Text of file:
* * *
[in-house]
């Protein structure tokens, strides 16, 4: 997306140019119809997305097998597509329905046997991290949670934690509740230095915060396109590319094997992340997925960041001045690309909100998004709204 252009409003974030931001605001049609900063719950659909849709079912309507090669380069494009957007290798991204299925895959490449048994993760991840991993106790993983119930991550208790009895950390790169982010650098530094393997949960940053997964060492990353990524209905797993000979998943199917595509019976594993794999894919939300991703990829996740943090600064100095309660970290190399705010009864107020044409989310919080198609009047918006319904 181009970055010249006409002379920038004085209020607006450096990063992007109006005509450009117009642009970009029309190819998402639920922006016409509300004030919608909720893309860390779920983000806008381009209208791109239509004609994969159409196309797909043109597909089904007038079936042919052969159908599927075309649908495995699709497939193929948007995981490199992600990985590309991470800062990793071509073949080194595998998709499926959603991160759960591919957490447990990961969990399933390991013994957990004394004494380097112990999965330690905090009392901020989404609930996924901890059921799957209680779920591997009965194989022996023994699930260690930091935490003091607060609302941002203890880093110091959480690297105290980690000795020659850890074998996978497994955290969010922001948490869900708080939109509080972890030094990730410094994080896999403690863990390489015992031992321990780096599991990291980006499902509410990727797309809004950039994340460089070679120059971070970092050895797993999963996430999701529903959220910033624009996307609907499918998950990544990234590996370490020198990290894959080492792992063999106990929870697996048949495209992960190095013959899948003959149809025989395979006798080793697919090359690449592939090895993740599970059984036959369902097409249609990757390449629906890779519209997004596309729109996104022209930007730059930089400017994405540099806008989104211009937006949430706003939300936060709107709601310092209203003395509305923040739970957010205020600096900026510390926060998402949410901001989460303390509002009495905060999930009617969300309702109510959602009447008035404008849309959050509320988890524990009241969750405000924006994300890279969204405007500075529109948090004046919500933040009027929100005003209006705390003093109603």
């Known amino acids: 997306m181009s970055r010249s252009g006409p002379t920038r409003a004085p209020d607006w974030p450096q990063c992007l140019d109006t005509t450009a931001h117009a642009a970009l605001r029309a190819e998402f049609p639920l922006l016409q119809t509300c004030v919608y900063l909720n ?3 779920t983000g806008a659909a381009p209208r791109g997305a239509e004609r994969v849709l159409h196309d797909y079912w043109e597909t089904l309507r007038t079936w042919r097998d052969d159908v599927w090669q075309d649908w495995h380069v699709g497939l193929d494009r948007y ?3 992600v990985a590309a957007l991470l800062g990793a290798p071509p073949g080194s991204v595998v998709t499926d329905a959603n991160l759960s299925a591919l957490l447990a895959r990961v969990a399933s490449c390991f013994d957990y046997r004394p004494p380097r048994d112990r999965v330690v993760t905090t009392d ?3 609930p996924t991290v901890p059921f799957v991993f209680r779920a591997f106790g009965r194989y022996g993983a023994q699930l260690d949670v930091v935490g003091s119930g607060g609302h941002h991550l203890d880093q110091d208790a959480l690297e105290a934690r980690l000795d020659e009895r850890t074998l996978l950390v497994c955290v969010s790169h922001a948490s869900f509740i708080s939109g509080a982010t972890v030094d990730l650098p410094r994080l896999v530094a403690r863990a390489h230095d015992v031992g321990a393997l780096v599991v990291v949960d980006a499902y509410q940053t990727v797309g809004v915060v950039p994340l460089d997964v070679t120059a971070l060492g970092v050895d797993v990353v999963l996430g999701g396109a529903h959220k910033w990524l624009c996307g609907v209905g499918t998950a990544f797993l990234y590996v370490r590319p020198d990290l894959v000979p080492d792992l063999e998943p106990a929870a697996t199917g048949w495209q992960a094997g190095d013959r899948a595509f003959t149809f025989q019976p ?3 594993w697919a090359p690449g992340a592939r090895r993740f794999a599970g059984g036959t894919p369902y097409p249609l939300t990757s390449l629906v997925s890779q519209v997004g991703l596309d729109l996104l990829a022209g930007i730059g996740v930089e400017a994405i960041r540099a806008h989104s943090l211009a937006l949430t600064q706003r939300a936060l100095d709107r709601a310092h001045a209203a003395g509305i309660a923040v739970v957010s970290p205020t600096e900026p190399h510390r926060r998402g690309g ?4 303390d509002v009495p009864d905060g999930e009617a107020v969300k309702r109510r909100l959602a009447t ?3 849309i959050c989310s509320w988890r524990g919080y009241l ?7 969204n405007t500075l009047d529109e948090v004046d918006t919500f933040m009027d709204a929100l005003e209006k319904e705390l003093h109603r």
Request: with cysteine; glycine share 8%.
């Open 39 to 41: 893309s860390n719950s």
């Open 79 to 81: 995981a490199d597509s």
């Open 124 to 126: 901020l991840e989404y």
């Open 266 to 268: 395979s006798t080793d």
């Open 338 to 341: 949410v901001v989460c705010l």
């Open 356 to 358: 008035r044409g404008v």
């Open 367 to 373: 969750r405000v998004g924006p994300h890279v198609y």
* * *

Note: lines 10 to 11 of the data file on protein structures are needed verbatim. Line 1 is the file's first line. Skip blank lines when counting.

């Open 356 to 358: 008035r044409g404008v």
């Open 367 to 373: 969750r405000v998004g924006p994300h890279v198609y």